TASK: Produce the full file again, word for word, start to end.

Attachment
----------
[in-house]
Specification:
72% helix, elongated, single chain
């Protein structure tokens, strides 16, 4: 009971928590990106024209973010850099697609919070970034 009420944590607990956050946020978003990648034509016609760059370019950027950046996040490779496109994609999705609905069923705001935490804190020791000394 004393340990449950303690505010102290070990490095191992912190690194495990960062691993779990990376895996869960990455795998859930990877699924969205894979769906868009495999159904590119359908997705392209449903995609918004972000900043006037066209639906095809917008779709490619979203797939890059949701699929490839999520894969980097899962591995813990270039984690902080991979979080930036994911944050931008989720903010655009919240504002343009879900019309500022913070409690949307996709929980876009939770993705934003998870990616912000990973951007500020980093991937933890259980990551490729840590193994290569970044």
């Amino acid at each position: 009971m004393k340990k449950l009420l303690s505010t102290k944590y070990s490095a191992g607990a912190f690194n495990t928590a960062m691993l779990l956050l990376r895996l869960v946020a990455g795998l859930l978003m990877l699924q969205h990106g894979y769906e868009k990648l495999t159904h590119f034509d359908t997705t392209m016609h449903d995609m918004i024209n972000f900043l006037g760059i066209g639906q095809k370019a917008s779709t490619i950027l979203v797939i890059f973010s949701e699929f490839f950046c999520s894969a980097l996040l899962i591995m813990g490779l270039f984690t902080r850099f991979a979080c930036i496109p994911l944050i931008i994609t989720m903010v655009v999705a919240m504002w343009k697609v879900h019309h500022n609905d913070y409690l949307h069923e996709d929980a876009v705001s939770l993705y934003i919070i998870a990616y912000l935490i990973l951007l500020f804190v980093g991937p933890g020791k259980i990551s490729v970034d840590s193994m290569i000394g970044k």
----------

[in-house]
Specification:
72% helix, elongated, single chain
């Protein structure tokens, strides 16, 4: 009971928590990106024209973010850099697609919070970034 009420944590607990956050946020978003990648034509016609760059370019950027950046996040490779496109994609999705609905069923705001935490804190020791000394 004393340990449950303690505010102290070990490095191992912190690194495990960062691993779990990376895996869960990455795998859930990877699924969205894979769906868009495999159904590119359908997705392209449903995609918004972000900043006037066209639906095809917008779709490619979203797939890059949701699929490839999520894969980097899962591995813990270039984690902080991979979080930036994911944050931008989720903010655009919240504002343009879900019309500022913070409690949307996709929980876009939770993705934003998870990616912000990973951007500020980093991937933890259980990551490729840590193994290569970044």
């Amino acid at each position: 009971m004393k340990k449950l009420l303690s505010t102290k944590y070990s490095a191992g607990a912190f690194n495990t928590a960062m691993l779990l956050l990376r895996l869960v946020a990455g795998l859930l978003m990877l699924q969205h990106g894979y769906e868009k990648l495999t159904h590119f034509d359908t997705t392209m016609h449903d995609m918004i024209n972000f900043l006037g760059i066209g639906q095809k370019a917008s779709t490619i950027l979203v797939i890059f973010s949701e699929f490839f950046c999520s894969a980097l996040l899962i591995m813990g490779l270039f984690t902080r850099f991979a979080c930036i496109p994911l944050i931008i994609t989720m903010v655009v999705a919240m504002w343009k697609v879900h019309h500022n609905d913070y409690l949307h069923e996709d929980a876009v705001s939770l993705y934003i919070i998870a990616y912000l935490i990973l951007l500020f804190v980093g991937p933890g020791k259980i990551s490729v970034d840590s193994m290569i000394g970044k």